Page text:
by Earl Babin
Smiling Faces / Going Places
The legislature burned the night
the Anti-Spectacle Bill came down.
The Angel held up its mask, approached the podium.
"I'm gonna stop this signifying..."
“... if we could step out of the storm…”
You and I discovered the doll left in the barn:
Its glass head was full of wires,
strings ran from the weathervane rooster
to its hands and feet.
It singed your finger when you
tried to stroke its temple.
Our eyes met;
you were as a tornado in a bottle to me then.
“The language we taught each other survives,
Not as a record, but as an element of disorder.”
And so the cave fills with lanterns searching for us.
Our mob hides down in the tall grass
In the distance, crowds anxious
for Laser Ralph Stanley.
Orthodoxy: A Memoir
All summer till five o’clock,
I’m vassal to the hobbyshop-man.
On the display table,
trains keep rolling past miniature towns,
hills, and the mysterious pit
where tiny speakers play a loop
of human screams.
When you came back,
You had a worn pair of metal shoes,
a scar that ran from your throat
past your breasts.
You let me run a finger down its ridge.
Faces in the dollhouse reflect
a fear of the suburban proletariat.
Real wages have gone down.
I add dry ice to give the appearance of flames.
After the parade, children took turns
climbing in the Death Car
“Like it’s theirs by right . . .”
You said “The day is graying—
part early spring, part late fall.
As if you could feel the President’s
love passing like the snow…that’s
the sort of day it is . . .”
Throbbing Gristle had just come to town
and conducted themselves with such
a noblese oblige that, out of shame,
we felt a new eye observing us.
We spoke softer on the streets,
did little acts of kindness.
“There, there son. Stop crying.
We’ll get you another bowl of hot dogs…”
“But within the same school,
one could develop a new vision,” you said.
“like a MAD fold-in, where the very details
of the Republic contain its ironic inverse,
and we’re either in harmony with the ultimate
configuration or else lost in the flood.”
I’m so glad I’m a witness too.
Today at home school, we made
Machievelli trading cards
(e.g., Cesare Borgia, .90 virtu; .10 fortuna;
Julius II, .10 virtu; .90 fortuna).
Several mothers warned their sons
not to lust after the Hipster Waitress
“it’ll only add to her life force . . .”
But at night, I fantasize she beats up
her hipster boyfriend
and then me, and of knee-high argyles.
The Budget was padded with light industry,
the Horse That Can Do Math—
--we were content to quiz him for awhile.
“The first hints of glossolalia are the air,”
you said “till consumed by the Central Message--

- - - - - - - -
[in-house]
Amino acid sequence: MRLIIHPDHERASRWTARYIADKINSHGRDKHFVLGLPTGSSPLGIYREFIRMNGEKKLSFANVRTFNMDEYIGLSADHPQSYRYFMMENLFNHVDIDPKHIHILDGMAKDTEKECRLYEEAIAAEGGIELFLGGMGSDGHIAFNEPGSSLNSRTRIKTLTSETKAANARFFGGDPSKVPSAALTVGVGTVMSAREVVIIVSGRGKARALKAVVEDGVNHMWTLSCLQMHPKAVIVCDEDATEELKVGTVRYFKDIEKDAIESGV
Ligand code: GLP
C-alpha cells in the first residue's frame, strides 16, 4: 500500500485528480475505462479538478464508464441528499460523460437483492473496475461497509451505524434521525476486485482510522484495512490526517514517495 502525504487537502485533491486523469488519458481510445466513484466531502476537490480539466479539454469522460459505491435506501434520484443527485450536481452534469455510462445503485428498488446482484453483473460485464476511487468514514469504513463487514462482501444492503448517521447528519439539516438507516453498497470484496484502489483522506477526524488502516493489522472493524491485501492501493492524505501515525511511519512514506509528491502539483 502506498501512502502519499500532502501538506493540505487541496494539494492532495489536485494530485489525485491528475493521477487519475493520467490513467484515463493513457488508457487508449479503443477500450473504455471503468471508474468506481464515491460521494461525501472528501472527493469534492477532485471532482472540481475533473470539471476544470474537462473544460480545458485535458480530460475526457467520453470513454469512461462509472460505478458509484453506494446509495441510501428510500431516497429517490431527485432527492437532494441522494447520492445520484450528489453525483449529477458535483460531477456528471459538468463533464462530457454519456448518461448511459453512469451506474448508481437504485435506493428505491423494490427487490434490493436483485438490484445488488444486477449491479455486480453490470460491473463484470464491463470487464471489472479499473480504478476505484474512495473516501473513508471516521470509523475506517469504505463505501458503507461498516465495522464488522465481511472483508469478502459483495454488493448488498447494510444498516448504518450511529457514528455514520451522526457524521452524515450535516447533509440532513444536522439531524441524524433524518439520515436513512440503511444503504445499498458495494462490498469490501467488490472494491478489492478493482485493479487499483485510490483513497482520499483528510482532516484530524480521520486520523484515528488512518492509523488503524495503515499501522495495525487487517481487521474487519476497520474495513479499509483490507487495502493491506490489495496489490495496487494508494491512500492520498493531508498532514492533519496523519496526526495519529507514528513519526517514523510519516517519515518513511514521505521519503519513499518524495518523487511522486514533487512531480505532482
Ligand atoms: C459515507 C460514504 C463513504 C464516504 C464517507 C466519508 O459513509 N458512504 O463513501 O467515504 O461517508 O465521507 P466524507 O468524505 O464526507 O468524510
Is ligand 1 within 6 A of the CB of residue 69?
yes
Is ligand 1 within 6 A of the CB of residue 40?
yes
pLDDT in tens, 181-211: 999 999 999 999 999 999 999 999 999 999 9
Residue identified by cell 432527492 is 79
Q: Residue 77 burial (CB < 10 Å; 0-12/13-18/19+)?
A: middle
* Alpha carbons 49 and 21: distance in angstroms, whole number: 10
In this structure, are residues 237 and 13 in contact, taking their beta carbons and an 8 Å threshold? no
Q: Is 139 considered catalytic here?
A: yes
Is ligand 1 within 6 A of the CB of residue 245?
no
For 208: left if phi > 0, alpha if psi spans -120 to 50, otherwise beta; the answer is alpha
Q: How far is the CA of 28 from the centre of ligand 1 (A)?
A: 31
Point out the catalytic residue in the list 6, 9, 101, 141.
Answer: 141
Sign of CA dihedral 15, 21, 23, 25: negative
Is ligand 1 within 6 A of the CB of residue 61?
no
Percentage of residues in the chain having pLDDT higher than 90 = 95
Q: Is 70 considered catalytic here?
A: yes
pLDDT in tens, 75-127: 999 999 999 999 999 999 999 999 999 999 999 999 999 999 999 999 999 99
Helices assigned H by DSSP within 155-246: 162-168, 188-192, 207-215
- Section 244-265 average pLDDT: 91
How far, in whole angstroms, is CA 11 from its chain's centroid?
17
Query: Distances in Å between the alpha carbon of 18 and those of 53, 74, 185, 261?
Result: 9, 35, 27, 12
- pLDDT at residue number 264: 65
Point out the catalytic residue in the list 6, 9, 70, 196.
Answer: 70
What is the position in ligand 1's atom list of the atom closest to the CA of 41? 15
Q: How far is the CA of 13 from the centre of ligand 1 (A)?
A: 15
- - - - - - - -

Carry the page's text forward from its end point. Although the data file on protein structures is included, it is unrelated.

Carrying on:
people felt comfortable in each other’s
presence again—we walk through walls
of garland, through ring dances…
Your brothers swagger by
like they’re up from the farm team.
They give off a perverse animus,
makes wild animals avoid their path,
causes them to dig holes in the meadow
to trap the lonely children.
“Yet they live by a principled illiteracy—
--like Alexander, tyrant of Pharae—
they refuse to weep at fiction
when unmoved by their own cruelty.”
Later, we hiked down to the junkyard
where they dump the old jukeboxes,
and, although we saw it coming,
the double significance of the silence
pierced us with its emptiness.
I can’t imagine how you spend Christmas
At your house, with your private army….
I’m sorry… “security force.”
The Spiritualists who came before us
nailed broken dolls’ heads on the bridge
to catch the wind.
A voice in the stairwell keeps shouting
“The man’s coming up to punch the cancer
out of you…”
as the women outside keep mopping
piles of rubble.
A band of children approached, asked
“If we stab you, will money come out?”
What they must think of the dead here—
--that they sit trading folk songs like currency,
the one accumulating the most becoming
kingpin of each possible variant.
The old woman’s store was so small
she had to stand outside if a customer
She started crying “I miss when
I was young and could control men.”
And there was this awkward moment
where we almost hugged.
Last day of school,
we joined the caravan to the Lake.
The mascot nearly drowned,
his enormous head filling with water.
Our heroes had all just been paroled.
They threw a couch on the bonfire,
Several girls shared a common nightmare:
A bird swallows a carnivorous plant,
and while its flying midair,
the plant slowly eats the bird’s heart
and guts; tears through its belly